It felt normal. That’s how I keep describing my recent visit to Sarasota.
The city and eponymous county on the Gulf of Mexico coast in southwest Florida has long been a popular destination for snowbirds and sunseekers from my home state of Michigan. That popularity is partly because of its location along Interstate 75—making it an easy drive south for motorists from Detroit.
The Florida of 2022 is no longer the Florida of 2021, when many pandemic-weary Americans sought refuge in the Sunshine State. By now, not only have many other states reopened, but cruises and considerably cheaper destinations in Mexico and the Caribbean—think all-inclusive packages—have returned.
Despite this reality, there is still something that keeps attracting visitors and, increasingly, new residents. Moreover, many of the new Floridians defy the stereotype that everyone moving here is a grandparent coming to retire.
I didn’t see signs that this is changing anytime soon, at least in Sarasota. In fact, I was surprised by how busy everything was despite it being shoulder season, when winter weather can range from 80 degrees and sunny one day to 65 and clouds the next.
Sarasota is actually a relatively small city, given its population of just 59,902 at the census of two years ago. Yet between it and the surrounding county, this was the second-fastest-growing place in the entire country last year.
The growth beyond winter-only snowbirds to a place with year-round appeal is most evident in Sarasota’s downtown, which is about 20 minutes by car from the sugar-white sands of Lido Beach and Siesta Key.
Between the newish towers with expensive condos, a legitimate restaurant scene, theaters, and countless art galleries, the vibe on streets with fun names like Cocoanut, Palm, and Orange is totally different than the expected sweatshirt shops and cheap restaurants with blue-plate specials aimed at a certain customer demographic.
I caught up with Raff Perna, a mutual friend and owner of the popular restaurant Clasico Italian Chophouse over brunch to better understand what makes Sarasota just so appealing.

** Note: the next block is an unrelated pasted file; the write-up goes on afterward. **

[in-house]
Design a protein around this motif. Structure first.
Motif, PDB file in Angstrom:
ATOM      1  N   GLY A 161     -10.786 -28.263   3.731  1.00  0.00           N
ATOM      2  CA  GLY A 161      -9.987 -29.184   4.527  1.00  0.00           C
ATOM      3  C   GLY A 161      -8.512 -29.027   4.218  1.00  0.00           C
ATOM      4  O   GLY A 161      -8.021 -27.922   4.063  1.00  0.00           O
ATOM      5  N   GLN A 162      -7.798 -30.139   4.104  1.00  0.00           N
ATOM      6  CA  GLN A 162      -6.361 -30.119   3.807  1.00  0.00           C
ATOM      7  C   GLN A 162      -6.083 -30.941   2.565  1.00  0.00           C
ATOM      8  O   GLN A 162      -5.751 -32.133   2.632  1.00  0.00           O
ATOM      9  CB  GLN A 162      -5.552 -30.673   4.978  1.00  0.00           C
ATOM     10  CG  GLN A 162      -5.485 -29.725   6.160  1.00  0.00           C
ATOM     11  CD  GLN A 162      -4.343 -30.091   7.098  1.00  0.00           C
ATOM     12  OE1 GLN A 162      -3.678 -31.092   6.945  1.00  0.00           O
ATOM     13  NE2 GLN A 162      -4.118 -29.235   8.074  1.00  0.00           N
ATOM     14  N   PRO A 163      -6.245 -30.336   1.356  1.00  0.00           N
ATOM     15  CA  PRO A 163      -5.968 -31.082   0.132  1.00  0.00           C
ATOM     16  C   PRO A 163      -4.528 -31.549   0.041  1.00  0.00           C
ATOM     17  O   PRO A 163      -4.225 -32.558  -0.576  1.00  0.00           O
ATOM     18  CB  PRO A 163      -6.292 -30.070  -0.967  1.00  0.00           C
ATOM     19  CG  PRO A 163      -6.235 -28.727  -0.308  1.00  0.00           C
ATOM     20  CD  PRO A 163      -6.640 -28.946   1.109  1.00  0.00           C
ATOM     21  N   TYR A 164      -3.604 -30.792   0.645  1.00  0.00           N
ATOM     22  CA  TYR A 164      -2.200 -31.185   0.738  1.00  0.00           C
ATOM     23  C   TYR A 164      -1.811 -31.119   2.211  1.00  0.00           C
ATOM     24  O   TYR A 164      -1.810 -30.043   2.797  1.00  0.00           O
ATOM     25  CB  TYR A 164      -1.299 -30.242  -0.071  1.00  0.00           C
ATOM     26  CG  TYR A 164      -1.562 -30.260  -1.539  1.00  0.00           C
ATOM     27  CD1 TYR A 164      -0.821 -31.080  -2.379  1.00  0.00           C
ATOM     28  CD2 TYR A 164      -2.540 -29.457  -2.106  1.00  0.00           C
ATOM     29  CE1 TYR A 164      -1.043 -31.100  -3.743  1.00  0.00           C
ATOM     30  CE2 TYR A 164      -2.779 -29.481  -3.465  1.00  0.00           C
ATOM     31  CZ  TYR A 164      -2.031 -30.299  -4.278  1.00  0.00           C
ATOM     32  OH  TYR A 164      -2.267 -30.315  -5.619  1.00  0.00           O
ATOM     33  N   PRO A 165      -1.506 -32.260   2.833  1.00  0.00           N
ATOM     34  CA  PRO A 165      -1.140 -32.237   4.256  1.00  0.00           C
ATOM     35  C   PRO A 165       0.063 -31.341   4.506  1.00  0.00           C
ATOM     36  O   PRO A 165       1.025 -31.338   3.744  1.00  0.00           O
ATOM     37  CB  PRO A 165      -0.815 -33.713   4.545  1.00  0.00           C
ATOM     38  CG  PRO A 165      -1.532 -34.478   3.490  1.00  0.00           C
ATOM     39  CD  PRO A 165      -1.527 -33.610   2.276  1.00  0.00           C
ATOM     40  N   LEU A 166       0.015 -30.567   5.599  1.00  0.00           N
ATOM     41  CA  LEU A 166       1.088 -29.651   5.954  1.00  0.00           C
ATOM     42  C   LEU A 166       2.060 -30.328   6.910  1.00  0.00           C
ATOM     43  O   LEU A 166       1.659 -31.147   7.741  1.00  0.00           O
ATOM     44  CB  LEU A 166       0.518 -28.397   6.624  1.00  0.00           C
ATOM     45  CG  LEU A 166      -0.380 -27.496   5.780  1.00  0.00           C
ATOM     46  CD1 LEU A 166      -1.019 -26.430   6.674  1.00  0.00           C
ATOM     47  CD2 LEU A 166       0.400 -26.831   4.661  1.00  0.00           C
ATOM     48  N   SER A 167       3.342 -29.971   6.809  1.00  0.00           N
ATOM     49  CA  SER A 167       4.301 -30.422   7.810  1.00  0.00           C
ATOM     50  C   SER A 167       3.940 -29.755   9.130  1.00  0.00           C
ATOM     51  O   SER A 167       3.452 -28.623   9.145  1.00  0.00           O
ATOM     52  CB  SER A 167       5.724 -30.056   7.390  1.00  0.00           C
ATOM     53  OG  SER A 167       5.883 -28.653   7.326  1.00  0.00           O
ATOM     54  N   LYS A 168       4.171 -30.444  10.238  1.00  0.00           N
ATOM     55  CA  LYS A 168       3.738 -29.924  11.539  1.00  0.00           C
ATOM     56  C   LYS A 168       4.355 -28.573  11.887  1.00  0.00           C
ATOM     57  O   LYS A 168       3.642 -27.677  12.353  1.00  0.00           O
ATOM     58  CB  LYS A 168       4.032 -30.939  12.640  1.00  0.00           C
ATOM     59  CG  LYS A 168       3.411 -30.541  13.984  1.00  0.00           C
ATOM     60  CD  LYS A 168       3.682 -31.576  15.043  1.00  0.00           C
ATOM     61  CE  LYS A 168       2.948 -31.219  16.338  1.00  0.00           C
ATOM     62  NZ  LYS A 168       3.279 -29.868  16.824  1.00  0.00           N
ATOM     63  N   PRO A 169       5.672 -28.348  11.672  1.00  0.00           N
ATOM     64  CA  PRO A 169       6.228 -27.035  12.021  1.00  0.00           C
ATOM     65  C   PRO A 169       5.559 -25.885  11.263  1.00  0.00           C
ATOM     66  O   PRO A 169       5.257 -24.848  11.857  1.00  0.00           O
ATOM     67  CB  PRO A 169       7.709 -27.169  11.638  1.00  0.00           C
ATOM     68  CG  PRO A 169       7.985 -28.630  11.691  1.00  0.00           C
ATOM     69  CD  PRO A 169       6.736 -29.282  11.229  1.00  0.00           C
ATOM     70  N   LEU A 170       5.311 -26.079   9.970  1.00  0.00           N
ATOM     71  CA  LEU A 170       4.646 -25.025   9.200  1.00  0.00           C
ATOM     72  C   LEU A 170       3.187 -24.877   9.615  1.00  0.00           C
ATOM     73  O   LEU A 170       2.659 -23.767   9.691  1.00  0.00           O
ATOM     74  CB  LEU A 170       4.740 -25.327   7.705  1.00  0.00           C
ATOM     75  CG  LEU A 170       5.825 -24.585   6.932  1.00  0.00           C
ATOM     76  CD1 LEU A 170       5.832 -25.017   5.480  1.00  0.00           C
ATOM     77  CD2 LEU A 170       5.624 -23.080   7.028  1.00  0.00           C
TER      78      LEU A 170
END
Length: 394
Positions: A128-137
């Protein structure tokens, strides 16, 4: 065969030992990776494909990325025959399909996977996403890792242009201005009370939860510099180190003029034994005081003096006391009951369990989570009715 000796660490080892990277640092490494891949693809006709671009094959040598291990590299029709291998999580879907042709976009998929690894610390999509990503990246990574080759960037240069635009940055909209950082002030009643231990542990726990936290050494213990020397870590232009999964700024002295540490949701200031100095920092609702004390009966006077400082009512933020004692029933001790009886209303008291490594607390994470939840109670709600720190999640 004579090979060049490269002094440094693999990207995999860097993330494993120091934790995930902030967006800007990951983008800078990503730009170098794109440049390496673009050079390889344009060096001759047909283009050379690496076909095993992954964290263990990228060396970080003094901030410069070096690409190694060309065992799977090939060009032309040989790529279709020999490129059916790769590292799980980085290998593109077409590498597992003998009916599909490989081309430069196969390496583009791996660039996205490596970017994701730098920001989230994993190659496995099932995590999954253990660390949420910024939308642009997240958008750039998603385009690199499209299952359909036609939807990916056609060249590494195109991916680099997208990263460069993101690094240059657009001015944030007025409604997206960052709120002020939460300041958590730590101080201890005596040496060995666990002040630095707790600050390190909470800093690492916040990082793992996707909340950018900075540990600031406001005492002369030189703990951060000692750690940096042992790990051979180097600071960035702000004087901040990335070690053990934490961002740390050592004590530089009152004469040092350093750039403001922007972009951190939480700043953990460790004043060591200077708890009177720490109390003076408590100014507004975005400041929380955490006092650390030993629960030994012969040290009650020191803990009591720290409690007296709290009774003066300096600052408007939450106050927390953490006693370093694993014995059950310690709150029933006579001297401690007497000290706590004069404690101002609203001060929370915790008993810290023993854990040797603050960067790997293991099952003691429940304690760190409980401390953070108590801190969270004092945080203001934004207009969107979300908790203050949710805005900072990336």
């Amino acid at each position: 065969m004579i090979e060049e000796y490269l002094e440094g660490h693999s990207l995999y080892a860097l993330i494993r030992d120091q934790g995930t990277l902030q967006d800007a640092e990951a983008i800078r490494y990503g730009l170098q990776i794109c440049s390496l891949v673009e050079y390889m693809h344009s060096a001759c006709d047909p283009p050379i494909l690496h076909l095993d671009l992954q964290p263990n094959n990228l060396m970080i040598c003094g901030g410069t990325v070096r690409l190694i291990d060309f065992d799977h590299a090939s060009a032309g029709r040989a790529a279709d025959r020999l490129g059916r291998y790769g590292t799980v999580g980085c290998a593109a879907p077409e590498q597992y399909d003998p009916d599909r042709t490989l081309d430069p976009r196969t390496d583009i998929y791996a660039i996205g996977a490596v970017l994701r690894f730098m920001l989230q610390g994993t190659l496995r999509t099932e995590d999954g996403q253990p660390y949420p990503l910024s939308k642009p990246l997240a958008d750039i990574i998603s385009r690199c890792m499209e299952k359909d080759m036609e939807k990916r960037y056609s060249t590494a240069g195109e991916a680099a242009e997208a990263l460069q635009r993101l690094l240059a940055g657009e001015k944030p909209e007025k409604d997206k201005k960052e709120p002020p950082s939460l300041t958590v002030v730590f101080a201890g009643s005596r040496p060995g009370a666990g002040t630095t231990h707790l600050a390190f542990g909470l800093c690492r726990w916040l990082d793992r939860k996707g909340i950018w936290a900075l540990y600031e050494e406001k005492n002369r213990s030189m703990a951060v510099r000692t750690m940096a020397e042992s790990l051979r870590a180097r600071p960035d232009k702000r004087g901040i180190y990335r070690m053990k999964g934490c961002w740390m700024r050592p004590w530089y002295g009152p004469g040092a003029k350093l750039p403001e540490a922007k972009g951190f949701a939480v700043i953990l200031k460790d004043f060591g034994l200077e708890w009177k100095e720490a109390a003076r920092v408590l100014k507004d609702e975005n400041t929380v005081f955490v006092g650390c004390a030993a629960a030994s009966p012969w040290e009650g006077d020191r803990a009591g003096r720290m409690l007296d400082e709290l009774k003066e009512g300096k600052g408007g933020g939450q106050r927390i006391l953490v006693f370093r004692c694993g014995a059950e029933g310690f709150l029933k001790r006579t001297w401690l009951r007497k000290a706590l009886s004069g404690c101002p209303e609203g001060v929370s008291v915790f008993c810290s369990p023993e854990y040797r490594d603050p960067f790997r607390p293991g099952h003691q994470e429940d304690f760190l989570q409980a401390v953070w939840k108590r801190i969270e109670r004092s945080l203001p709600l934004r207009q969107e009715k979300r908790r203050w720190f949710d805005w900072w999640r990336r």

“What I noticed up in Michigan is the government will tell you how you can’t do it,” he said. “Here, the leadership of Gov. Ron DeSantis to not only keep Florida open but find ways to help is a significant difference.”
Perna would know. While he moved down from Michigan more than 20 years ago, he still spends considerable time back in his home state.
“We are just ticking away here,” Perna said over avocado toast and his specially made cappuccino. “It’s like nothing ever happened here.”
While Perna’s assessment could apply to just about anywhere in Florida, it’s clear that the vibrant arts and cultural scene are a huge contributor to Sarasota’s appeal. Lots of places have great beaches, but few go behind that to offer the total package for visitors and residents alike.
When You Go
Visit The Ringling, which includes a spectacular art museum founded by John Ringling of circus fame. Open daily from 10 a.m. to 5 p.m., tickets cost $25 for adults, $23 for seniors, and $5 for children aged 6 to 17.
Eat dinner at Clasico; Michael’s On East, an upscale restaurant with wine shop; the authentic French café C’est La Vie; or The Ringling Grillroom inside the museum. For a drink, choose from the incredible selection of wine at Grand Cru Wine Bar.
For those not driving, Sarasota Bradenton International Airport is served by all the major airlines and several low-cost carriers. Round-trip airfare from New York’s JFK airport is as low as $98 on JetBlue. From Washington, Allegiant has fares out of Dulles as low as $64 through the spring.
Trip planning resources are available through Visit Sarasota County.